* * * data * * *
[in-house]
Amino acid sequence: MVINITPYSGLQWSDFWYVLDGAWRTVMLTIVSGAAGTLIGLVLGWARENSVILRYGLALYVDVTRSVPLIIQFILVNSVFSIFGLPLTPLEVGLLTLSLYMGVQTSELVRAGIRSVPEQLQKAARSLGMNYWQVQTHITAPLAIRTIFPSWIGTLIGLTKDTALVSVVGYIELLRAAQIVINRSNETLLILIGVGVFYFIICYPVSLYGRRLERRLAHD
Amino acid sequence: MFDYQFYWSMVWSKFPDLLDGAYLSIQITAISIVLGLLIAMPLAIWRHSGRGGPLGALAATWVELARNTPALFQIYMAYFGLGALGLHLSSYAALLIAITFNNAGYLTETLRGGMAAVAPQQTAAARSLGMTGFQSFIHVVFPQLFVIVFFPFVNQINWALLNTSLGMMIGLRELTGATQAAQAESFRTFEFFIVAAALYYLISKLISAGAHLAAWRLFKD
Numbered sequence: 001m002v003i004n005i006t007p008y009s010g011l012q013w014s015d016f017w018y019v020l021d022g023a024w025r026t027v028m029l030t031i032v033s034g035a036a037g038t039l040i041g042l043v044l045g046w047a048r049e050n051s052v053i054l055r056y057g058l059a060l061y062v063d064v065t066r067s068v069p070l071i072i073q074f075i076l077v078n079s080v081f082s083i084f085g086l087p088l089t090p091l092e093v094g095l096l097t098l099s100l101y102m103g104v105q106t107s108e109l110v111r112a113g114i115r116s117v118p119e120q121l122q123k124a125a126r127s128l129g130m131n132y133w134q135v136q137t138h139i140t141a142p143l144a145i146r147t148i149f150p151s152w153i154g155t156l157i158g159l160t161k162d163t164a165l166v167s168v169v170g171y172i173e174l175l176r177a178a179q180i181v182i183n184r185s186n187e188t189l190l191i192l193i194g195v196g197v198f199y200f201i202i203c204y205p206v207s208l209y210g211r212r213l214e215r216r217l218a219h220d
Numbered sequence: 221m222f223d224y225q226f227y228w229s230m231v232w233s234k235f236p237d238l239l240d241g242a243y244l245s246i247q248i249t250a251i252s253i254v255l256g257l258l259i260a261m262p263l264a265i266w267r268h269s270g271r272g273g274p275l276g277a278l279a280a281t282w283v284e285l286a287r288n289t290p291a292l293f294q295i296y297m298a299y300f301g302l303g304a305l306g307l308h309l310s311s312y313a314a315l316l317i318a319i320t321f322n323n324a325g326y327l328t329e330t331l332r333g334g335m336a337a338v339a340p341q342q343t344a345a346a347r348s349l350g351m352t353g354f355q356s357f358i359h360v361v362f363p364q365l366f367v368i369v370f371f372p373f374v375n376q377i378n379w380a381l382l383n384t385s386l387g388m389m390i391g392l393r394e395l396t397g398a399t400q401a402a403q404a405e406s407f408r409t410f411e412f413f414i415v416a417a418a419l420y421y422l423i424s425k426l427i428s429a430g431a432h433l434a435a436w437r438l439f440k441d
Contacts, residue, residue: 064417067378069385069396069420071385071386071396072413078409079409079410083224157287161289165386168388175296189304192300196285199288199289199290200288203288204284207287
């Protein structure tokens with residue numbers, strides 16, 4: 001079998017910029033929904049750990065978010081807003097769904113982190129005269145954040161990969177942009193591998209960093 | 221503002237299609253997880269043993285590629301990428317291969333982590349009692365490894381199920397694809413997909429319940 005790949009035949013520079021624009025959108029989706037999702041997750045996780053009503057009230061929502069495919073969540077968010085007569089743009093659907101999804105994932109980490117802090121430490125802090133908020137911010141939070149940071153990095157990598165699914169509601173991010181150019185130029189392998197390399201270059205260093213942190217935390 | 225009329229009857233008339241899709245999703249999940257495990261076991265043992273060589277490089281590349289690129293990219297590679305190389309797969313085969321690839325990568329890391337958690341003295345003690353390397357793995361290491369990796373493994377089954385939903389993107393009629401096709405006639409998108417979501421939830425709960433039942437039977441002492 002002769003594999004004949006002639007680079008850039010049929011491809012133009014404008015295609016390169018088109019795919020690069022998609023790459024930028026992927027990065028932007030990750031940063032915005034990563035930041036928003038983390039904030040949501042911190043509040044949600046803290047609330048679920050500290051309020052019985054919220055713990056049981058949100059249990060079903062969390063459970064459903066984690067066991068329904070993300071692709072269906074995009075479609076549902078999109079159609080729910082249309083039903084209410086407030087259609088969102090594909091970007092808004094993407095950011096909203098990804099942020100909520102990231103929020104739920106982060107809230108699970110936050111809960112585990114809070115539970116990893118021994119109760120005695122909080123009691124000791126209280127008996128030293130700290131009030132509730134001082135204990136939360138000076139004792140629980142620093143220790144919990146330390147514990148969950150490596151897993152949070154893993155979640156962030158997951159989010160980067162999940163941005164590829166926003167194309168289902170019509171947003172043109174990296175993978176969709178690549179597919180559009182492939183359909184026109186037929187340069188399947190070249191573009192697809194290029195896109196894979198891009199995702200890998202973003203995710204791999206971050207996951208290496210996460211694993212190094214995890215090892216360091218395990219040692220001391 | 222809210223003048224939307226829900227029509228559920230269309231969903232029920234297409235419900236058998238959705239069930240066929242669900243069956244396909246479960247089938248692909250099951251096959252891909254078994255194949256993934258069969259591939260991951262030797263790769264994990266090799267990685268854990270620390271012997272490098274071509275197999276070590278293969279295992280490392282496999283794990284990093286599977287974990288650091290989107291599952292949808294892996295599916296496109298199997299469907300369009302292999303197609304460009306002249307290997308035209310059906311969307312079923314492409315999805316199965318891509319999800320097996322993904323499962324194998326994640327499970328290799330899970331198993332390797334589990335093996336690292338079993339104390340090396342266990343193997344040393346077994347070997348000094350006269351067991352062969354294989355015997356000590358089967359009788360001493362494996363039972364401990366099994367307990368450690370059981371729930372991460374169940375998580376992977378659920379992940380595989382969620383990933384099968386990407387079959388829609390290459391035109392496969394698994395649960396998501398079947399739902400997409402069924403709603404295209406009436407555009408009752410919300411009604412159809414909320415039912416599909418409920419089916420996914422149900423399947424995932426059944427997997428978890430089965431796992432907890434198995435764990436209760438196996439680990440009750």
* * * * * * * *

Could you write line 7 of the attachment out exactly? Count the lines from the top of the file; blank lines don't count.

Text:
């Protein structure tokens with residue numbers, strides 16, 4: 001079998017910029033929904049750990065978010081807003097769904113982190129005269145954040161990969177942009193591998209960093 | 221503002237299609253997880269043993285590629301990428317291969333982590349009692365490894381199920397694809413997909429319940 005790949009035949013520079021624009025959108029989706037999702041997750045996780053009503057009230061929502069495919073969540077968010085007569089743009093659907101999804105994932109980490117802090121430490125802090133908020137911010141939070149940071153990095157990598165699914169509601173991010181150019185130029189392998197390399201270059205260093213942190217935390 | 225009329229009857233008339241899709245999703249999940257495990261076991265043992273060589277490089281590349289690129293990219297590679305190389309797969313085969321690839325990568329890391337958690341003295345003690353390397357793995361290491369990796373493994377089954385939903389993107393009629401096709405006639409998108417979501421939830425709960433039942437039977441002492 002002769003594999004004949006002639007680079008850039010049929011491809012133009014404008015295609016390169018088109019795919020690069022998609023790459024930028026992927027990065028932007030990750031940063032915005034990563035930041036928003038983390039904030040949501042911190043509040044949600046803290047609330048679920050500290051309020052019985054919220055713990056049981058949100059249990060079903062969390063459970064459903066984690067066991068329904070993300071692709072269906074995009075479609076549902078999109079159609080729910082249309083039903084209410086407030087259609088969102090594909091970007092808004094993407095950011096909203098990804099942020100909520102990231103929020104739920106982060107809230108699970110936050111809960112585990114809070115539970116990893118021994119109760120005695122909080123009691124000791126209280127008996128030293130700290131009030132509730134001082135204990136939360138000076139004792140629980142620093143220790144919990146330390147514990148969950150490596151897993152949070154893993155979640156962030158997951159989010160980067162999940163941005164590829166926003167194309168289902170019509171947003172043109174990296175993978176969709178690549179597919180559009182492939183359909184026109186037929187340069188399947190070249191573009192697809194290029195896109196894979198891009199995702200890998202973003203995710204791999206971050207996951208290496210996460211694993212190094214995890215090892216360091218395990219040692220001391 | 222809210223003048224939307226829900227029509228559920230269309231969903232029920234297409235419900236058998238959705239069930240066929242669900243069956244396909246479960247089938248692909250099951251096959252891909254078994255194949256993934258069969259591939260991951262030797263790769264994990266090799267990685268854990270620390271012997272490098274071509275197999276070590278293969279295992280490392282496999283794990284990093286599977287974990288650091290989107291599952292949808294892996295599916296496109298199997299469907300369009302292999303197609304460009306002249307290997308035209310059906311969307312079923314492409315999805316199965318891509319999800320097996322993904323499962324194998326994640327499970328290799330899970331198993332390797334589990335093996336690292338079993339104390340090396342266990343193997344040393346077994347070997348000094350006269351067991352062969354294989355015997356000590358089967359009788360001493362494996363039972364401990366099994367307990368450690370059981371729930372991460374169940375998580376992977378659920379992940380595989382969620383990933384099968386990407387079959388829609390290459391035109392496969394698994395649960396998501398079947399739902400997409402069924403709603404295209406009436407555009408009752410919300411009604412159809414909320415039912416599909418409920419089916420996914422149900423399947424995932426059944427997997428978890430089965431796992432907890434198995435764990436209760438196996439680990440009750």